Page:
Road to Recovery
Robert M. Hoatson, Ph.D
Pope Benedict XVI has given indications that he is finally “getting it” regarding clergy sexual abuse. During his recent trip to Portugal, he boldly and correctly concluded that the clergy sexual abuse scandal of the Roman Catholic Church is rooted not in covert or overt attacks from the media, survivors of abuse, lawyers, or any other group, but in the “sins’ of those in the Church. The abuse and its cover-up are rooted in the internal dynamics, policies, and personalities of the Church itself, and it behooves the Church at this time to begin implementing practices and procedures that focus on restorative justice for the victims.
In 2003, a priest colleague, Father Ken Lasch of the Paterson, New Jersey, diocese, and I were so moved and disturbed by the stories and plights of clergy abuse survivors that we founded an organization that would deliver direct services to them. Besides the obvious symptoms of guilt, shame, depression, anxiety and a host of other life-long effects that result from the sexual abuse endured by these men and women when they were children, we noticed that many (most) victims we deal with have difficulty holding jobs, entering into and maintaining relationships, renting apartments and houses, keeping their families in food and clothing, and essentially surviving from day to day.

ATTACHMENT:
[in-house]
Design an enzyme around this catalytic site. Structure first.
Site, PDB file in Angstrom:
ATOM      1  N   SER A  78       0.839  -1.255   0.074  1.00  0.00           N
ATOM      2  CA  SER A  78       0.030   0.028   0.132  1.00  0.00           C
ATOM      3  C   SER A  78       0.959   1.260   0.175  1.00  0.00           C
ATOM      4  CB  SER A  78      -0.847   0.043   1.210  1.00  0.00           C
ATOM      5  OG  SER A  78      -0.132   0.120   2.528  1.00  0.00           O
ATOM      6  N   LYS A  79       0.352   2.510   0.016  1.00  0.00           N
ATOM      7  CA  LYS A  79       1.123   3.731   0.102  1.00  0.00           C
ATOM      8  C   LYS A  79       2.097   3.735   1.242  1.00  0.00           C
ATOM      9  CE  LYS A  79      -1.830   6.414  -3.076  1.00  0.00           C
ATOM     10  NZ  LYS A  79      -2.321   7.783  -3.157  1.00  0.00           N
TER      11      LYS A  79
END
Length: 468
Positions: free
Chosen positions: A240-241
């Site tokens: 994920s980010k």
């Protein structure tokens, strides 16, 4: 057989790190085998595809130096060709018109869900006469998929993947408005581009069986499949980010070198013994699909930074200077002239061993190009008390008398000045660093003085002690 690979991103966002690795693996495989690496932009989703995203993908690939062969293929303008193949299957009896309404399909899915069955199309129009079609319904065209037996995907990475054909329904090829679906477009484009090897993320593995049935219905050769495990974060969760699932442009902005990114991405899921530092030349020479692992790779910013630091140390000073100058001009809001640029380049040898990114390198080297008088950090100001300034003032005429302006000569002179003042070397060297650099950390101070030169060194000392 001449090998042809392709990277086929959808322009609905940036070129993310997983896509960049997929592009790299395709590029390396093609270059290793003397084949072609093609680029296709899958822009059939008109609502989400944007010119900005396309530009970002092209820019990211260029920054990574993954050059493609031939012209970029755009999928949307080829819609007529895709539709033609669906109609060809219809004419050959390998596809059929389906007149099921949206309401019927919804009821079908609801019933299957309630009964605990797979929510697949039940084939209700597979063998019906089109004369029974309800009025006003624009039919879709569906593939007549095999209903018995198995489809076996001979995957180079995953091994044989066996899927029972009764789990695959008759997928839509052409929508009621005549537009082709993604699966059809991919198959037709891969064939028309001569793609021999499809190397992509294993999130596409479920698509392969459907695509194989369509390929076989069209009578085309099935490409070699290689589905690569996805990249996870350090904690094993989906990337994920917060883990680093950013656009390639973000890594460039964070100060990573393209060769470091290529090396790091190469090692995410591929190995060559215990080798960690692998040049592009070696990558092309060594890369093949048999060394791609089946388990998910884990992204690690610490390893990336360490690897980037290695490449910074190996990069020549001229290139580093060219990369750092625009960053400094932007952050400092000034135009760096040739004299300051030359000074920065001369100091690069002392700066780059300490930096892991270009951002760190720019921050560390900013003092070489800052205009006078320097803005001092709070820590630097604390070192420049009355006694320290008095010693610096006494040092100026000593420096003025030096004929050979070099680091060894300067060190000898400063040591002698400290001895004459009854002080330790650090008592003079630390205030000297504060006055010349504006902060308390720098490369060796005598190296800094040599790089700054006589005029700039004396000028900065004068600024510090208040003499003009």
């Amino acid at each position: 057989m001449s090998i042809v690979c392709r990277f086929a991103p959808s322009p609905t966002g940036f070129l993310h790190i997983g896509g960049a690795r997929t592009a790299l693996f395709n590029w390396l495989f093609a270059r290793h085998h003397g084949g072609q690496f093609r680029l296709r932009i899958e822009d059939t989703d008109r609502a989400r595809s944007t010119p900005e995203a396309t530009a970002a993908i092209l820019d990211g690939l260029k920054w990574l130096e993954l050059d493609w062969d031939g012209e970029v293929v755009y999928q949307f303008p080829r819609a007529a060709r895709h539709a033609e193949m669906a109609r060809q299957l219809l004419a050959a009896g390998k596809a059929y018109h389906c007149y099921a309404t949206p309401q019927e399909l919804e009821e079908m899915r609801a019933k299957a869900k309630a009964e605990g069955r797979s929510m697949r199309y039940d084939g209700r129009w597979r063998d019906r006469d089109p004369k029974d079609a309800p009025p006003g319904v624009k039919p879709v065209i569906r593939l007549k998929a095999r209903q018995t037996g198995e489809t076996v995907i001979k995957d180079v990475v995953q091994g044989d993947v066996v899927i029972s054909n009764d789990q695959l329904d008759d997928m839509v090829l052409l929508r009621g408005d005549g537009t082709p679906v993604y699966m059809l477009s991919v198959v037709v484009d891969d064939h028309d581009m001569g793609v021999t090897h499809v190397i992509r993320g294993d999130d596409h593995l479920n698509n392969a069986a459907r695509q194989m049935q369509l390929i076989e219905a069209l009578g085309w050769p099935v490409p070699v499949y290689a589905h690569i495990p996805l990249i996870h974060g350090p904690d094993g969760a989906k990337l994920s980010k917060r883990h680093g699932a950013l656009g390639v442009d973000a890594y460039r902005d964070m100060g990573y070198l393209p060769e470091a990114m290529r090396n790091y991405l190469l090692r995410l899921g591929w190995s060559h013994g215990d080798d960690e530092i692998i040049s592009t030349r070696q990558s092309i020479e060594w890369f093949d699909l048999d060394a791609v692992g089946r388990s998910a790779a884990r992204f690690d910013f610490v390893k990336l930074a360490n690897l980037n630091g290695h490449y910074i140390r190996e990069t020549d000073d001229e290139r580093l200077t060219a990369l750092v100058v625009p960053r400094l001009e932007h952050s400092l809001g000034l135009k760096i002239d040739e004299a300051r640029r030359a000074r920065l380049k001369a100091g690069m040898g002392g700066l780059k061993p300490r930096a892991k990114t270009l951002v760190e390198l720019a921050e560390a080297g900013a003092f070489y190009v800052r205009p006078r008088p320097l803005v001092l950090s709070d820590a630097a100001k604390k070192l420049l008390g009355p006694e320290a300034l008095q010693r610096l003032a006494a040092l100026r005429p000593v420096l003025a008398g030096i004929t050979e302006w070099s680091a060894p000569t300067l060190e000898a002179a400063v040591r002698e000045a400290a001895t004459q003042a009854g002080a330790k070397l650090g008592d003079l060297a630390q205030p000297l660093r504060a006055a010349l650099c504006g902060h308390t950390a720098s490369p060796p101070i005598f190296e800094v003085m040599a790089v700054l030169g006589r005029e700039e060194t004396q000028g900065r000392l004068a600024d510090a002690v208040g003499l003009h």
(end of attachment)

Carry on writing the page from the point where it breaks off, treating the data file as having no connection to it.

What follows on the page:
Road to Recovery, Inc., the non-profit organization that Father Lasch and I founded, is the only organization in the United States (perhaps in the world) that provides victims of clergy sexual abuse with financial and other direct aid to help them recover from the ordeal of sexual abuse. Currently, we help dozens of victims with their medical, psychological, spiritual, and financial needs even though we are a simple operation with a skeleton staff and limited resources. Thanks to many faithful and generous Catholics and non-Catholics, we continue to help victims with their everyday needs such as food, clothing, doctor visits, rent, travel, and medicine. In a few cases, we have freed clergy abuse survivors from prison and started them on their roads to recovery.” Since 2003, Road to Recovery has worked with well over one thousand victims and their families. After all, sexual abuse of a child becomes a family tragedy and scandal, not just one that is inflicted on the child. Whole families are affected, and whole families need healing.